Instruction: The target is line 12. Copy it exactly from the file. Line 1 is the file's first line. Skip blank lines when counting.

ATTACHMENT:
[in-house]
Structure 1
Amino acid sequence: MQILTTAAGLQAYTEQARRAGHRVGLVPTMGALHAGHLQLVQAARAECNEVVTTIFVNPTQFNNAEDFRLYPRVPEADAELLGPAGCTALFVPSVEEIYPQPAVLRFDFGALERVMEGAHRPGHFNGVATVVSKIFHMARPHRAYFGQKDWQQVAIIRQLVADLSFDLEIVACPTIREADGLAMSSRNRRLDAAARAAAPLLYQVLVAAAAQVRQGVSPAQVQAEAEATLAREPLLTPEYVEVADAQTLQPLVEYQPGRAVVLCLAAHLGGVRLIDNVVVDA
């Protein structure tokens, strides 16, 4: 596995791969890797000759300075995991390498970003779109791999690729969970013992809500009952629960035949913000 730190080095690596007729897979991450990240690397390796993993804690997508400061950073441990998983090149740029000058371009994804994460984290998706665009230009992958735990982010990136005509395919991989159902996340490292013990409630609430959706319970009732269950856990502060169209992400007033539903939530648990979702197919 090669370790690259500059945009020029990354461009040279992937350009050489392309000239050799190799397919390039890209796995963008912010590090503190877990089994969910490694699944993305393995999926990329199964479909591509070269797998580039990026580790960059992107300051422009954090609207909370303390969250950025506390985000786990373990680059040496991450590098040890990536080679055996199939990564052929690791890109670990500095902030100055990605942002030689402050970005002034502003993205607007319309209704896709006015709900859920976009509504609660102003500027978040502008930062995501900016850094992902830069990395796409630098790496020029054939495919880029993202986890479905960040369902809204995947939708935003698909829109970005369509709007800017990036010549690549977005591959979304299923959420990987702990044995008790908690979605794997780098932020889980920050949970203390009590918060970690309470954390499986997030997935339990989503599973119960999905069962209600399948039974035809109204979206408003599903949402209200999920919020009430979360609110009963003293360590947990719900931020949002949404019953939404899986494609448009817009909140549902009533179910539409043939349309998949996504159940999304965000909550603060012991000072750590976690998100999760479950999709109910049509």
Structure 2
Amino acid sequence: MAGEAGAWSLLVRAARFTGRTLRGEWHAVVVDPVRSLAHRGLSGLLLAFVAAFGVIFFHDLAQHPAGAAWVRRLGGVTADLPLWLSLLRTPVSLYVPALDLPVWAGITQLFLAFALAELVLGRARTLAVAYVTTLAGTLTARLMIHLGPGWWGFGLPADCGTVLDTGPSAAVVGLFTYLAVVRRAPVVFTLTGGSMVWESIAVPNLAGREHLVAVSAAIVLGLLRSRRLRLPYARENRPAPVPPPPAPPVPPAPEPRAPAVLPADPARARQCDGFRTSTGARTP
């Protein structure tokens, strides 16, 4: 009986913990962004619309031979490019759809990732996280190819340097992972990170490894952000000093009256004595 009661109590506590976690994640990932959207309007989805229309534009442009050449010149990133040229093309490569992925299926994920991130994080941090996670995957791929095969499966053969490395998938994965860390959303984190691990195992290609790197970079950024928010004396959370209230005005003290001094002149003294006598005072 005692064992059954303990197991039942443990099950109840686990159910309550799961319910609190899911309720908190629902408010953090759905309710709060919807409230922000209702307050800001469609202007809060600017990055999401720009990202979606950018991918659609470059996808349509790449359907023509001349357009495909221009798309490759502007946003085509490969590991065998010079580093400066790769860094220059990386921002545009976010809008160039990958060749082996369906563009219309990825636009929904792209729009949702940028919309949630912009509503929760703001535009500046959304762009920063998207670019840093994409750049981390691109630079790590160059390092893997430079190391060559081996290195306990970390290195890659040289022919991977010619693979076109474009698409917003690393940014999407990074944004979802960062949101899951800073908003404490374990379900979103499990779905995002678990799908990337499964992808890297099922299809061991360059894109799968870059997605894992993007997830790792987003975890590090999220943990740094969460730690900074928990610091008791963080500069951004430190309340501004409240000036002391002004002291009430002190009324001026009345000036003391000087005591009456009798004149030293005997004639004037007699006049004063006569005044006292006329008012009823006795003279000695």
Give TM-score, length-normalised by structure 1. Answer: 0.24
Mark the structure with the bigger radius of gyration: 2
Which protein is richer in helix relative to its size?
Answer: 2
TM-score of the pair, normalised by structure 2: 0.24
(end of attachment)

TM-score of the pair, normalised by structure 2: 0.24